Latest Brown dwarf Stories
New research has found the two oldest brown dwarfs in the galaxy, and they have a somewhat unexpected property: they move extremely fast.
Two years ago NASA scientists revealed a new class of stars, dubbed ‘Y dwarfs’, thought to be about as warm as the human body. However, newly published research indicates that these cold stars are probably a bit warmer than the boiling point of water.
Using data obtained from a NASA satellite, a Pennsylvania State University astronomer has identified the closest solar system to be found within the past 97 years.
There are small subsets of stars among the hundred billion in the Milky Way called ultra-cool dwarfs, which have a temperature below 2500 Kelvin.
By using the Hubble and Spitzer space telescopes, NASA officials say they have managed to complete the most detailed weather map to date for the cool, planet-like stars known as brown dwarfs.
Astronomers using the Atacama Large Millimeter/submillimeter Array (ALMA) have discovered that the outer region of a dusty disc encircling a brown dwarf contains solid grains like those found in denser discs of newborn stars.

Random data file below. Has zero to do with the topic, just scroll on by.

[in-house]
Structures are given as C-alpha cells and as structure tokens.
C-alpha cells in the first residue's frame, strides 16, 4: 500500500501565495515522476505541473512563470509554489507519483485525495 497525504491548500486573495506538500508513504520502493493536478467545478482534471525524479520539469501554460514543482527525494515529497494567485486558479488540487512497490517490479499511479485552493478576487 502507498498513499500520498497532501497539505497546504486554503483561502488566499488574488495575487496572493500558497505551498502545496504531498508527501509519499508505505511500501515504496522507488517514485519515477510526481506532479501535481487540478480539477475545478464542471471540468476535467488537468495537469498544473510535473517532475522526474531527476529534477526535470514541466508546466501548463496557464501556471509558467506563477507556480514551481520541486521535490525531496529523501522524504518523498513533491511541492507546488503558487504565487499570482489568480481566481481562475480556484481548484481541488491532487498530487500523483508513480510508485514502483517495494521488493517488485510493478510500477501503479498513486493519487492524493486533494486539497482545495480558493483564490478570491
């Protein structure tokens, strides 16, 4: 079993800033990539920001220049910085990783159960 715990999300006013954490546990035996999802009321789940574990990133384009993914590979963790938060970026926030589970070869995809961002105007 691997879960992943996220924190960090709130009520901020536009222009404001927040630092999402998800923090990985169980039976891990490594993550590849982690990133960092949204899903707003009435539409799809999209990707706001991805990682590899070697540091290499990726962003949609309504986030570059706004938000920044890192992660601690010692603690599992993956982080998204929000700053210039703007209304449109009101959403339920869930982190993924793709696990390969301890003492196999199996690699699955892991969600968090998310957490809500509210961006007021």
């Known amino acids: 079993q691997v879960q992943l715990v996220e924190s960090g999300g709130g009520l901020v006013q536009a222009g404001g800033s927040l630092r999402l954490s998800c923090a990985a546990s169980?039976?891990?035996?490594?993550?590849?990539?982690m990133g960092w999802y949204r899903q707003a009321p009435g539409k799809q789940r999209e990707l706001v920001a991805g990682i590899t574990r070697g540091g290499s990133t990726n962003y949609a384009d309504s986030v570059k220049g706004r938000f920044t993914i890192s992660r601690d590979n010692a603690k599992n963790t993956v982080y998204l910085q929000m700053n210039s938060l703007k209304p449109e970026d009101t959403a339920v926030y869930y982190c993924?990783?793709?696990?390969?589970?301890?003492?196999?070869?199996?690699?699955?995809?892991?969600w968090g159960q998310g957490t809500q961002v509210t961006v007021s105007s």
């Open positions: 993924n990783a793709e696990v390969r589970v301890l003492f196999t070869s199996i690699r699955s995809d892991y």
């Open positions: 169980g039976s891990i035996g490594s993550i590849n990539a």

New research from the University of Washington and Leibniz Institute for Astrophysics, Potsdam, hints that planets orbiting white or brown dwarfs will prove poor candidates for life.
The search for planets around other stars might have gotten a little easier now that a Lowell astronomer and her colleagues have developed a set of directions, per se, to aid others in the hunt for exoplanets.
Astronomers are getting to know the neighbors better. Our sun resides within a spiral arm of our Milky Way galaxy about two-thirds of the way out from the center. It lives in a fairly calm, suburb-like area with an average number of stellar residents.
- A political dynamiter.